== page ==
We are at risk as a society, of an influx of relapses during and post isolation. Right now, more than ever, it is more important to understand the true nature of addiction to help those suffering.

How can we develop the discussion around addiction as a mental health condition?

The awareness of addiction as a mental health condition could be improved by having more discussions – at the moment, any truly helpful conversations surrounding the matter are scarce.

Stating ‘I suffer from addiction’ isn’t usually met with the same empathy and compassion as other mental illnesses. So the discussion is avoided or handled incorrectly, fuelled by prejudice and misperception.

Tackling drug and alcohol use cannot be achieved unless it is treated with the “same scientific rigor, compassion, and commitment that other physical and mental health problems are addressed.” [2]

Addiction should be high on the agenda when researching and treating mental health issues.

What would this mean?

Those suffering will both feel more included and be better understood and supported. Conversations alone would bring leaps of understanding, helping eliminate the shame that surrounds addiction. Stigma is one of the main hindrances to recovery; people are less likely to reach out and seek help due to fear of judgement and further deteriorates sense of self-worth. [3]

It would mean steering the issue of addiction away from being ‘criminal’, or one that warrants punishment, and in the direction of mental health and one that requires compassion. Eroding the long-held belief that addiction is a character defect, immoral, is a key step towards progress.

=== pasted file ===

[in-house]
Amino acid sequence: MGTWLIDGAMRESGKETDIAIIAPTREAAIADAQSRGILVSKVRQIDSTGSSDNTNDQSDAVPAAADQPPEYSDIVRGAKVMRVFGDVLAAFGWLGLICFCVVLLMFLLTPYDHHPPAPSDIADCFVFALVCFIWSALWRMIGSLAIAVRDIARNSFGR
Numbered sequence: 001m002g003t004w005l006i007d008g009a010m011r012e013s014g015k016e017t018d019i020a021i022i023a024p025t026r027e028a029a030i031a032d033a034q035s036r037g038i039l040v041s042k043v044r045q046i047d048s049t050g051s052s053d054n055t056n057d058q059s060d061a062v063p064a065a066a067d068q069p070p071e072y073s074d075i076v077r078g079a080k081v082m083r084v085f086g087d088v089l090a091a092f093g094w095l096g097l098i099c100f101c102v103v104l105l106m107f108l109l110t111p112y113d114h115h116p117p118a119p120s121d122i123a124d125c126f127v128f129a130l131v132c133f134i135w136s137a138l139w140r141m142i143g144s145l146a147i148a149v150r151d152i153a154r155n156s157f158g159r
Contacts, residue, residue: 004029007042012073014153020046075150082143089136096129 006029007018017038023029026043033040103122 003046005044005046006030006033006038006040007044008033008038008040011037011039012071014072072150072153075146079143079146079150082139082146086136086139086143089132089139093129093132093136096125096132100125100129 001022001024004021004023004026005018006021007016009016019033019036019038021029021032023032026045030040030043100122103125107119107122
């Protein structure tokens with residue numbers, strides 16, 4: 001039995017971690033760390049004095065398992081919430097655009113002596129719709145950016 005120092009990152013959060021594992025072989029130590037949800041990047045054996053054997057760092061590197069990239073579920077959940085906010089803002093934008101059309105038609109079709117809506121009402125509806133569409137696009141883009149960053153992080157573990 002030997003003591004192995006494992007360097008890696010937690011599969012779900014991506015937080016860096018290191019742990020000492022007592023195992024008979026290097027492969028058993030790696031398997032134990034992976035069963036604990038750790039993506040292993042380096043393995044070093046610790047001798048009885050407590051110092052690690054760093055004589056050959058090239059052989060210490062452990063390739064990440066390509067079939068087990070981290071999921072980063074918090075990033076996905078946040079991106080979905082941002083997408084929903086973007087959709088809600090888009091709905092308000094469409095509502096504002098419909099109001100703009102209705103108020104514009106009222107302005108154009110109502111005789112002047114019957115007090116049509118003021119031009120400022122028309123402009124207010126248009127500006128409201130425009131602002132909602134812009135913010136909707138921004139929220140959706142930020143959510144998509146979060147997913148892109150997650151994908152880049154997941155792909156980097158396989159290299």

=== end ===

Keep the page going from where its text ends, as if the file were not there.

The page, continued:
It would mean more people have someone to turn to; a further source of connection not hidden behind anonymity and sworn to secrecy. This will undoubtedly have an immeasurable positive effect on mental health and self-esteem and this should not be underestimated.

The power of conversation

We know the power of conversation and what it means for bettering one’s mental wellbeing. The great potential that human interaction, without judgement, has on the path to recovery is unparalleled. Therefore it is crucial to shift away from the typical stereotype of an addict in order to open the discussion about addiction.

If there’s one thing this pandemic has taught us on a global scale, it’s that disease, ill-health overwhelming uphill battles do not discriminate against status, gender, age, race or ethnicity. Neither does addiction. 

As the coronavirus situation develops, so does the methods of support. There may be light at the end of the tunnel – we just need to adapt and adjust in order to see it. If you are in need of support during this time, here are a list of resources you can access from home:

Looking for help??

Don’t suffer in silence – get the help you need today. Call us on 0800 140 4690 for confidential advice & support.

References

[1] https://www.ncbi.nlm.nih.gov/pubmed/23903334?

[2] https://www.ncbi.nlm.nih.gov/pmc/articles/PMC5428163/

[3] https://www.unodc.org/documents/ungass2016/CND_Preparations/Intersessional_Ocober_15/Scientific_Network.pdf